Using social media research to map different communities in a fandom audience

 

We’re all taught to look before crossing a road. But vital social campaigns are often carried about without proper observation, based on assumptions that lag behind actual trends and events. The effect is like stepping off the curb only to realise the entire road has been dug up and replanted somewhere else. 

Kim Townend, however, serves as a one-woman-rejoinder to this way of thinking. A London-based social media consultant and digital strategist, it’s her job to develop social media strategies for brands – from tentpole movie releases to French pastis institution Pernod Ricard – and ensure that the message ‘cuts through’ to the right people. 

 

Kim uses Pulsar to ensure that her recommendations are not based on what audiences were saying five years ago, or what the conventional wisdom would hold, but rather on the conversations, trends and behaviors that are taking place across the world right now. 

 

“No one will really do this,” Says Kim. “Except at an enterprise level, who can really afford it. I will give you something very similar.”

She pauses. “And a lot cheaper”.

 

Sherlock: The Game is Now 

 

Kim was the pick to lead digital strategy for the launch of the official Hartswood Films’ Sherlock escape room game, The Game Is Now, originally broadcast on the BBC. The subcultures and communities that are emotionally attached to such a longstanding character meant she was going to need a detective’s eye for cutting to the important details.

 

 

“There are different types of fandoms,’ Kim says. “Their fanbases have different demographic makeup and different languages. It’s important to be able to speak in the language so as not to be rejected.”

Kim used Pulsar to understand the different types of Sherlock fandom, analyzing the fandom across social media, its demographic make up, interests and lexicon, and their behavior across social media. 

 

 

What did she find? 

 

  • The typical Twitter Sherlock fan was female, aged between 18 – 45, identifies as nerdy or bookish, attends cons, and either based in UK or an Anglophile.

 

  • Tumblr was the biggest platform for Sherlock fans, thanks in a large part to the #Superwholock fandom.

 

  • Benedict Cumberbatch was the focus of much Twitter conversation (the platform played host to the ‘Cumberbitches’). Reddit, meanwhile, was home to more ‘hardcore’ conversation that touched on the show’s creators and storylines, while Facebook was home to the more mainstream BBC audience.

 

 

This work, Kim affirms, “informed the entirety of the strategy I wrote to take us to launch, from where we put paid and who we approached as influencers, to which channels were most valuable to us to informing the creative activations and copy we chose.”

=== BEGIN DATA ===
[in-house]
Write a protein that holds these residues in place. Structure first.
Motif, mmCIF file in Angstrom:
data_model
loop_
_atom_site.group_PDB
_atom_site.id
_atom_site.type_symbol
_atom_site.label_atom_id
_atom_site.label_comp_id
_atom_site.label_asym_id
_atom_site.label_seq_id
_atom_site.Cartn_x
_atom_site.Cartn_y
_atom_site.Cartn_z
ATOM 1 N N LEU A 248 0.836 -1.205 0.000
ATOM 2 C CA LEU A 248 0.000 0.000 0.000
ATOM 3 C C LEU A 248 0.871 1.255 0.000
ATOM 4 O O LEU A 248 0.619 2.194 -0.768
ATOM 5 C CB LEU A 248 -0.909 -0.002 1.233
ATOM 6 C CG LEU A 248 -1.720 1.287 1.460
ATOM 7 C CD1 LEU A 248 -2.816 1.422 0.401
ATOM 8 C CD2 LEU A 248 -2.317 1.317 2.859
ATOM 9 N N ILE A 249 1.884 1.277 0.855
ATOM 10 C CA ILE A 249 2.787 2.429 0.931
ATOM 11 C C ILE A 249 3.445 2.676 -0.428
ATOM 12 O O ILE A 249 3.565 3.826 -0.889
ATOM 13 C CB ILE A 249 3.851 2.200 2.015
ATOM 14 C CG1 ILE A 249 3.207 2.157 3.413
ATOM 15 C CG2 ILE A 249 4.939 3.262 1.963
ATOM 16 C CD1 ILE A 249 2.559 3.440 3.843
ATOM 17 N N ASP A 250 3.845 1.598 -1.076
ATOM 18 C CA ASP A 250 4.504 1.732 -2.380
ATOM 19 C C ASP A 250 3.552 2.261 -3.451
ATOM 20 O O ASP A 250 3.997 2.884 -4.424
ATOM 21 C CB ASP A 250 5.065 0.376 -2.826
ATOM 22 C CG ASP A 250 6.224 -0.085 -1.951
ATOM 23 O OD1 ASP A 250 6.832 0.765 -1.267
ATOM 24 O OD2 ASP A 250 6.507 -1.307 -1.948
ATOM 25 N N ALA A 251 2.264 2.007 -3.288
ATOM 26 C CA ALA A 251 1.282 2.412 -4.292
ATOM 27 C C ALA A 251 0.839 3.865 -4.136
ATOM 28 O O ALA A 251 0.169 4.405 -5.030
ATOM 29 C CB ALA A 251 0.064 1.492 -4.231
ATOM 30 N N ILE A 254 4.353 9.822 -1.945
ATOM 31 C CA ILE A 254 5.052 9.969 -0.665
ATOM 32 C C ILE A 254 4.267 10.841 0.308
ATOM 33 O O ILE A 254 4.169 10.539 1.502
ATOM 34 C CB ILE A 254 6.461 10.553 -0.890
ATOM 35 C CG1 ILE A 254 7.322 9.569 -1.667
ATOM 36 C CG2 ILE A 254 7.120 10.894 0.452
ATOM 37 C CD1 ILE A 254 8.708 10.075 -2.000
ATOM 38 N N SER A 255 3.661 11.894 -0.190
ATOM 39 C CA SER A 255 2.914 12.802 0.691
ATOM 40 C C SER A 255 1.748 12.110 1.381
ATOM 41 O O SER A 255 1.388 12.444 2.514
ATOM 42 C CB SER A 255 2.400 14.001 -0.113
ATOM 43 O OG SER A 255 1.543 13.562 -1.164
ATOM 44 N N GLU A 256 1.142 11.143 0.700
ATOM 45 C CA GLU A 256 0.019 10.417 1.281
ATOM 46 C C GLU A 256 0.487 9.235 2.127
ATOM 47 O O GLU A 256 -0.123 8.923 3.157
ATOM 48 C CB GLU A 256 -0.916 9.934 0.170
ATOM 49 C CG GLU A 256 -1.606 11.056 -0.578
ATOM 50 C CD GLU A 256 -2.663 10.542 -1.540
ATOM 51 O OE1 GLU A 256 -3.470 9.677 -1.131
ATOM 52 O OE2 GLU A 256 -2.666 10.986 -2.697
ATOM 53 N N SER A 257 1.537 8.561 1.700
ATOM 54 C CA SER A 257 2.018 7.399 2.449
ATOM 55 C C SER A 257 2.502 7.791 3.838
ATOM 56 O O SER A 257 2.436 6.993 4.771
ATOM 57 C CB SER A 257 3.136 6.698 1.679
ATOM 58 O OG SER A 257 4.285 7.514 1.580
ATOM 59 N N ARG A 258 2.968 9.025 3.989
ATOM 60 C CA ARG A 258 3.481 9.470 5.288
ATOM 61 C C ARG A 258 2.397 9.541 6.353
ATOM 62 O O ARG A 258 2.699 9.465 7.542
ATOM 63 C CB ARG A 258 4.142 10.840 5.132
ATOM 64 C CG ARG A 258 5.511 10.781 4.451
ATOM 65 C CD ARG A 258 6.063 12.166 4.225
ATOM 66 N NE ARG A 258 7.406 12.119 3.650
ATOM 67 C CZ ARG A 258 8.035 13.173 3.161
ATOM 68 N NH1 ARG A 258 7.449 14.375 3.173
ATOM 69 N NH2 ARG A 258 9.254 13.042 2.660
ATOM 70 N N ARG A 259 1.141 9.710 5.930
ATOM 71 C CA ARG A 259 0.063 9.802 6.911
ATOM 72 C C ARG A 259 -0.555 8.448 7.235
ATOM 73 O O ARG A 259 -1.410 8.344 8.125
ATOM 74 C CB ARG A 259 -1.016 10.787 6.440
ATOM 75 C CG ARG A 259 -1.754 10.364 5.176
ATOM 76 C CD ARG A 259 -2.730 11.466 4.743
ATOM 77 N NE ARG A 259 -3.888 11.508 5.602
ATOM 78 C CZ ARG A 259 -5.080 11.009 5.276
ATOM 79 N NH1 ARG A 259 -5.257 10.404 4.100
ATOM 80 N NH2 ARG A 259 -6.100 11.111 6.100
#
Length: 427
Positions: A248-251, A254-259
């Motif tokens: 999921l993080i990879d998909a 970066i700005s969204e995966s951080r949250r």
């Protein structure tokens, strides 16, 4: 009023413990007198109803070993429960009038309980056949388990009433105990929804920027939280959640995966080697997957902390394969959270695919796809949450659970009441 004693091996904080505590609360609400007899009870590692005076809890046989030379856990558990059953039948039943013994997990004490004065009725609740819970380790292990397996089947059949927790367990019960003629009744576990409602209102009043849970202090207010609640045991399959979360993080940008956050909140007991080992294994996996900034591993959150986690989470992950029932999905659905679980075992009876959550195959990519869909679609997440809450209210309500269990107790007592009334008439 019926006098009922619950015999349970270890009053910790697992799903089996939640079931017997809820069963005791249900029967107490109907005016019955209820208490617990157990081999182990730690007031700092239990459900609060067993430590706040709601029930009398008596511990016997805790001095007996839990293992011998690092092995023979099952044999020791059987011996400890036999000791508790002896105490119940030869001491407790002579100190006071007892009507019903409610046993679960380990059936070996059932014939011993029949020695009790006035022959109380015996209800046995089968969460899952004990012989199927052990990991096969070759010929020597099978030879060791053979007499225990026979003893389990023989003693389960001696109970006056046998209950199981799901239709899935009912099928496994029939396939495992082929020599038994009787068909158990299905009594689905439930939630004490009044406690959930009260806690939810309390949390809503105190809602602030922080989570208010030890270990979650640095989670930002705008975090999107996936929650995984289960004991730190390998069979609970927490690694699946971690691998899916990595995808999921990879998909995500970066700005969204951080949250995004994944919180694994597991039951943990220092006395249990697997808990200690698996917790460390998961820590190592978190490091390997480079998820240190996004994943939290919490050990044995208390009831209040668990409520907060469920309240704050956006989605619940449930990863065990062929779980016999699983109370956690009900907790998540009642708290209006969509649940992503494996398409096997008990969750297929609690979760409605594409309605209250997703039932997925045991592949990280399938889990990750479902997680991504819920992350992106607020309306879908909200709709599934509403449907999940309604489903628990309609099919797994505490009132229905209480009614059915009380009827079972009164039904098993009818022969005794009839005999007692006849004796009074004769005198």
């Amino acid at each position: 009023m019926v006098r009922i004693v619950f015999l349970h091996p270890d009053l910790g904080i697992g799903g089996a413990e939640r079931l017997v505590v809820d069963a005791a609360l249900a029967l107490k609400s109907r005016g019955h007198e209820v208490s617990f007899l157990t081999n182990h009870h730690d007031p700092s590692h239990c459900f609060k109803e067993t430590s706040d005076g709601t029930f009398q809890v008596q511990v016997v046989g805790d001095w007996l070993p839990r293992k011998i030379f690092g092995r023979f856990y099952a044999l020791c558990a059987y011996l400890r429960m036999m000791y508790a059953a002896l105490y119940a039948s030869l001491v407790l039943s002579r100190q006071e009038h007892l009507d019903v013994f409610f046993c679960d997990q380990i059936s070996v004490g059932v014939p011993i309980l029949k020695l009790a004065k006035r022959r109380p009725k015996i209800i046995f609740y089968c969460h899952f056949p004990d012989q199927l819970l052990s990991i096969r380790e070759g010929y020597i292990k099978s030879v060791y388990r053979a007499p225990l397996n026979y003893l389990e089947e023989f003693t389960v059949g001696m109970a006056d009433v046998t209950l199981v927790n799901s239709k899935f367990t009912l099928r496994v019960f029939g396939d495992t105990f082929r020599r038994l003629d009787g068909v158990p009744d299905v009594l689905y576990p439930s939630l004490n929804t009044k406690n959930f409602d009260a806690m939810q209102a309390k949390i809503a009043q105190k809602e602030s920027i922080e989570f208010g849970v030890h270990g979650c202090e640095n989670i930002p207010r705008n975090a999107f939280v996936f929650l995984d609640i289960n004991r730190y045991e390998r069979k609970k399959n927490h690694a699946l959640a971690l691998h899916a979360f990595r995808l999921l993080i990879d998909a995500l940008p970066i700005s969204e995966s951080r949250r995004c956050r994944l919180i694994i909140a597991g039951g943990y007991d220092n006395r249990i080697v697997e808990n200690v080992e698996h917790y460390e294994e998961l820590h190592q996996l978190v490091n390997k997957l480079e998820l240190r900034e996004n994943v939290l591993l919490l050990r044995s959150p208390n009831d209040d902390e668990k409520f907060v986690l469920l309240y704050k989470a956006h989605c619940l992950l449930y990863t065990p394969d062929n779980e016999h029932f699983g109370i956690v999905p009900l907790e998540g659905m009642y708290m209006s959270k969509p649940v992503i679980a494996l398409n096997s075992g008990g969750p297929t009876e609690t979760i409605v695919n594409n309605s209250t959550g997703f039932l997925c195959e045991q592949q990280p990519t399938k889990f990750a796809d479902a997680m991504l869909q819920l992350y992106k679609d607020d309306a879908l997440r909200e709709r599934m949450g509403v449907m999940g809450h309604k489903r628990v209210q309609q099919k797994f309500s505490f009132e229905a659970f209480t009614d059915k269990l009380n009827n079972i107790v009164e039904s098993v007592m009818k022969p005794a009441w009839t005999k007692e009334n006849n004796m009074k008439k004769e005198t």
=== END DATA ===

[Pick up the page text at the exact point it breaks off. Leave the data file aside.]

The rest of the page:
Prior to the game’s launch, Kim and team ran a Summer of Sherlock Campaign that started with an Answertime on Tumblr. Research had established the site as a highly effective means of reaching mass audiences, and so the team felt justified in utilising the time and personal brands of co-creators Stephen Moffat and Mark Gatiss.This generated 32 million impressions, and no shortage of interest. 

 

 

“We also created a cosplay event at London Film & Comicon that year, using influencers I found with Pulsar.” 

Not that Kim’s experiences with the platform are limited to creative media and physical attractions. Away from the deerstalker, there were cocktails.

 

Pernod Ricard

 

Because Kim was also brought on board by Pernod Ricard, one of the world’s leading alcoholic beverage brands, to create strategic social listening reports for their various brands.

This involved illustrating the difference between retail and social audiences, and the value in creating content specifically for that latter audience. 

“One of the things that came back time and time again across so many of their brands and industry searches was the value of Twitter in terms of both engagement and impressions.”

While ‘gin’ or ‘vodka’ were mentioned far more on Instagram, Twitter outperformed on impressions and engagement almost every time. Add to this the various insights around audience demographics and preferences for different varieties of gin, and Pernod Ricard were left holding data-backed, actionable insights centred on some of their most popular products. 

To marketers still reliant on traditional research types, social listening and audience intelligence can appear as something distinct from their comfort zone, as difficult to decipher as knotty fandoms or convoluted aperitif cocktails. But for those such as Kim, switched onto the possibilities such tools contain, they’re a shorthand to marketing that speaks to the world not as it was, but as it is — and as it’s going to be. 

Where next?

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The Evolution of Fandom through Social Media

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